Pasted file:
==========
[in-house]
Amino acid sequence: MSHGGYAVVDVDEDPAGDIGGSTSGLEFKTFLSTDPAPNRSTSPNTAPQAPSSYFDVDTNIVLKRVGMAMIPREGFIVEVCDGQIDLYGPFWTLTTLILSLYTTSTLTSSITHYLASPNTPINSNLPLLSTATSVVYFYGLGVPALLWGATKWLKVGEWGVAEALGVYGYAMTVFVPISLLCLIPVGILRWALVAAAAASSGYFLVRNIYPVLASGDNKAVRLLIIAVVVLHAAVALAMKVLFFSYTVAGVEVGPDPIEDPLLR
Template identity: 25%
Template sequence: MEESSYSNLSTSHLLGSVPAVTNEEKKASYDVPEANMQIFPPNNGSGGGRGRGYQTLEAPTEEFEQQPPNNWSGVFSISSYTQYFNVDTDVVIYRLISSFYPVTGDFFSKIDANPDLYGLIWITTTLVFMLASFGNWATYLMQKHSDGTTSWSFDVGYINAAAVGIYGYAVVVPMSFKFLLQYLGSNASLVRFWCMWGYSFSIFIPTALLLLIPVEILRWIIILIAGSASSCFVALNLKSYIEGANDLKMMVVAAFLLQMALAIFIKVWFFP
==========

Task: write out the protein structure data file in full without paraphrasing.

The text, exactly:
[in-house]
Amino acid sequence: MSHGGYAVVDVDEDPAGDIGGSTSGLEFKTFLSTDPAPNRSTSPNTAPQAPSSYFDVDTNIVLKRVGMAMIPREGFIVEVCDGQIDLYGPFWTLTTLILSLYTTSTLTSSITHYLASPNTPINSNLPLLSTATSVVYFYGLGVPALLWGATKWLKVGEWGVAEALGVYGYAMTVFVPISLLCLIPVGILRWALVAAAAASSGYFLVRNIYPVLASGDNKAVRLLIIAVVVLHAAVALAMKVLFFSYTVAGVEVGPDPIEDPLLR
Template identity: 25%
Template sequence: MEESSYSNLSTSHLLGSVPAVTNEEKKASYDVPEANMQIFPPNNGSGGGRGRGYQTLEAPTEEFEQQPPNNWSGVFSISSYTQYFNVDTDVVIYRLISSFYPVTGDFFSKIDANPDLYGLIWITTTLVFMLASFGNWATYLMQKHSDGTTSWSFDVGYINAAAVGIYGYAVVVPMSFKFLLQYLGSNASLVRFWCMWGYSFSIFIPTALLLLIPVEILRWIIILIAGSASSCFVALNLKSYIEGANDLKMMVVAAFLLQMALAIFIKVWFFP